Fix those fuzzy dots!


As you may know, I took the family out to the Guadalupe Dunes the other day. We had a quick afternoon/evening visit to one of our area’s more beautiful destinations, especially for watching the sunset. The kids had a good time, running in and around the decent sized dunes, and we scurried around to keep up with them.

I was able to bring along a bit of my photo gear and I took a few photos while I was at it.

Lately, I’ve been struggling with keeping my lenses clean. I use a basic UV filter on each lens, to protect it, but that actually adds a few more surfaces to keep clean. I have one of those sweet Nikon lens pens, that really help, especially in the field.

However, more often than not, I end up back at home, processing in Aperture, and I see a whole plethora of smudges and unwanted fuzzy dots. The tools built into most decent photo processing apps, these days, have quite good methods for helping us all clean up our photographs. I like what Apple’s Aperture has to offer. I just don’t like having to use it SO much.

Over the last few weeks, I’ve discovered a sweet little trick that I use to help me find all those smudges and fuzzy dots. Here’s what I do:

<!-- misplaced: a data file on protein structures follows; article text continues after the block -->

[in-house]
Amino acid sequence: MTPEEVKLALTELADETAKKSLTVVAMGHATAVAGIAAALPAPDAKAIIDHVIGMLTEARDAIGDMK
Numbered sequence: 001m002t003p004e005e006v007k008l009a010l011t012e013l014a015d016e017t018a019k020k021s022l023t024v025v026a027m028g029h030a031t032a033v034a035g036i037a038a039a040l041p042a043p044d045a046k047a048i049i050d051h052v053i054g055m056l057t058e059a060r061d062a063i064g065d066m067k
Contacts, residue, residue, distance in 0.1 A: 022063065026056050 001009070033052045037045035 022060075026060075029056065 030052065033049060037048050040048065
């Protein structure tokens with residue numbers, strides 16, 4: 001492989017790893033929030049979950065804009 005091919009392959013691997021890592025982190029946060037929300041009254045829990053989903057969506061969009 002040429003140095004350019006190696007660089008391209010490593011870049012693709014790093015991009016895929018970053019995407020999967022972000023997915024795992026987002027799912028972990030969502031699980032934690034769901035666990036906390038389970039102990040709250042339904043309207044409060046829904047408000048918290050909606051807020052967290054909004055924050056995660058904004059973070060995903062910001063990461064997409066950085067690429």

#1, I open up a desired photograph, and inspect it for the blemishes.


#2, I then take my exposure slider(s) and shoot them all the way up. This helps me see what I’m dealing with better.


#3, Next I slam the brightness through the roof. This of course makes a really ugly photograph, but that’s not the initial goal.


#4, Now I’m ready to make my repairs. In these few sample shots, of the same photograph, you can see how each step reveals even more for me to repair.


Now, you simply undo all the exposure work, because we’re all using an app with nondestructive image processing, right? This allows you to do all sorts of edits, without messing up your original. That’s real important. So, now that you’ve undone all the repair-based exposure work, it’s time to continue with your normal processing. I’ve done that below too.


What do you think? Could you put this little tip to work in your photo processing system? Let me know!


Author: TREVOR

Leukemia survivor. Son of The Most High. Father. Man.

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